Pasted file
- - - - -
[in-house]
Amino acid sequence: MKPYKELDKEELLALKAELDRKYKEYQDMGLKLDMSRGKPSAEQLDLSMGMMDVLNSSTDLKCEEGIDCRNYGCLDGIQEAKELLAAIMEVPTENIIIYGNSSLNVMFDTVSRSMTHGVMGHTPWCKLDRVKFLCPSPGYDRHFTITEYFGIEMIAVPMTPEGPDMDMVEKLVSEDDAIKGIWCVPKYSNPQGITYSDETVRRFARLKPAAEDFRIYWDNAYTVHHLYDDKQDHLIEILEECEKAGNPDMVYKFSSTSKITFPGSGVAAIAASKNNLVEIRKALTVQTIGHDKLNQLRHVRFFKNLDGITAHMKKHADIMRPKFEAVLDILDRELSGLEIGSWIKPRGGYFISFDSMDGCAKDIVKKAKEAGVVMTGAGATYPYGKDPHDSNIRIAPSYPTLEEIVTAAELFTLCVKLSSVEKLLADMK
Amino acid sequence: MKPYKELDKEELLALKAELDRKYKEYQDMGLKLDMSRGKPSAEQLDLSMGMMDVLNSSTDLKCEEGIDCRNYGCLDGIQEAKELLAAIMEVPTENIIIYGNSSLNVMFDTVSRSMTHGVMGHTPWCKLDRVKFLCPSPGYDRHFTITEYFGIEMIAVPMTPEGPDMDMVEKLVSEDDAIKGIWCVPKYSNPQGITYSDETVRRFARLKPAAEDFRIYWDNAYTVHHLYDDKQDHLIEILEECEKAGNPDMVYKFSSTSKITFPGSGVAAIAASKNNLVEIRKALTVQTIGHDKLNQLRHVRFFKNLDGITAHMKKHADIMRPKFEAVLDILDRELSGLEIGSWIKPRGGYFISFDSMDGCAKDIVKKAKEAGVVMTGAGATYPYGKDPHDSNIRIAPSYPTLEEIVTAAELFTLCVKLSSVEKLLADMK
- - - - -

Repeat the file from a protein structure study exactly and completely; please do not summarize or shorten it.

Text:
[in-house]
Amino acid sequence: MKPYKELDKEELLALKAELDRKYKEYQDMGLKLDMSRGKPSAEQLDLSMGMMDVLNSSTDLKCEEGIDCRNYGCLDGIQEAKELLAAIMEVPTENIIIYGNSSLNVMFDTVSRSMTHGVMGHTPWCKLDRVKFLCPSPGYDRHFTITEYFGIEMIAVPMTPEGPDMDMVEKLVSEDDAIKGIWCVPKYSNPQGITYSDETVRRFARLKPAAEDFRIYWDNAYTVHHLYDDKQDHLIEILEECEKAGNPDMVYKFSSTSKITFPGSGVAAIAASKNNLVEIRKALTVQTIGHDKLNQLRHVRFFKNLDGITAHMKKHADIMRPKFEAVLDILDRELSGLEIGSWIKPRGGYFISFDSMDGCAKDIVKKAKEAGVVMTGAGATYPYGKDPHDSNIRIAPSYPTLEEIVTAAELFTLCVKLSSVEKLLADMK
Amino acid sequence: MKPYKELDKEELLALKAELDRKYKEYQDMGLKLDMSRGKPSAEQLDLSMGMMDVLNSSTDLKCEEGIDCRNYGCLDGIQEAKELLAAIMEVPTENIIIYGNSSLNVMFDTVSRSMTHGVMGHTPWCKLDRVKFLCPSPGYDRHFTITEYFGIEMIAVPMTPEGPDMDMVEKLVSEDDAIKGIWCVPKYSNPQGITYSDETVRRFARLKPAAEDFRIYWDNAYTVHHLYDDKQDHLIEILEECEKAGNPDMVYKFSSTSKITFPGSGVAAIAASKNNLVEIRKALTVQTIGHDKLNQLRHVRFFKNLDGITAHMKKHADIMRPKFEAVLDILDRELSGLEIGSWIKPRGGYFISFDSMDGCAKDIVKKAKEAGVVMTGAGATYPYGKDPHDSNIRIAPSYPTLEEIVTAAELFTLCVKLSSVEKLLADMK